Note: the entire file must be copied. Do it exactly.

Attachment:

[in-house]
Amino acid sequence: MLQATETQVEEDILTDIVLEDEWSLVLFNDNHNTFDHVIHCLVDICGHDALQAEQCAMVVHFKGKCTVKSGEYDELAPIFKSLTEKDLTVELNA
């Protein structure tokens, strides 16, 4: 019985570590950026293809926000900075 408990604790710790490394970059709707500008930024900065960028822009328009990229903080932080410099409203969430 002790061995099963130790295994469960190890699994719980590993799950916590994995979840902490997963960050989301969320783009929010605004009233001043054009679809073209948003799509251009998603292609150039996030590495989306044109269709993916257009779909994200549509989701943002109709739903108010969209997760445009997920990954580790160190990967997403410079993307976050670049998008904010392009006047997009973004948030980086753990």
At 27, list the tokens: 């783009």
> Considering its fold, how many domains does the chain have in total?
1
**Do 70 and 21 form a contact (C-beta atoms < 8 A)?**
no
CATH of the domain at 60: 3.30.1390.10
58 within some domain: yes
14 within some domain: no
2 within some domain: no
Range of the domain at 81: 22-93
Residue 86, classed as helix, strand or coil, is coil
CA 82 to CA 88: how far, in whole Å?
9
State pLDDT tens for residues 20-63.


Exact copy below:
[in-house]
Amino acid sequence: MLQATETQVEEDILTDIVLEDEWSLVLFNDNHNTFDHVIHCLVDICGHDALQAEQCAMVVHFKGKCTVKSGEYDELAPIFKSLTEKDLTVELNA
């Protein structure tokens, strides 16, 4: 019985570590950026293809926000900075 408990604790710790490394970059709707500008930024900065960028822009328009990229903080932080410099409203969430 002790061995099963130790295994469960190890699994719980590993799950916590994995979840902490997963960050989301969320783009929010605004009233001043054009679809073209948003799509251009998603292609150039996030590495989306044109269709993916257009779909994200549509989701943002109709739903108010969209997760445009997920990954580790160190990967997403410079993307976050670049998008904010392009006047997009973004948030980086753990």
At 27, list the tokens: 């783009």
> Considering its fold, how many domains does the chain have in total?
1
**Do 70 and 21 form a contact (C-beta atoms < 8 A)?**
no
CATH of the domain at 60: 3.30.1390.10
58 within some domain: yes
14 within some domain: no
2 within some domain: no
Range of the domain at 81: 22-93
Residue 86, classed as helix, strand or coil, is coil
CA 82 to CA 88: how far, in whole Å?
9
State pLDDT tens for residues 20-63.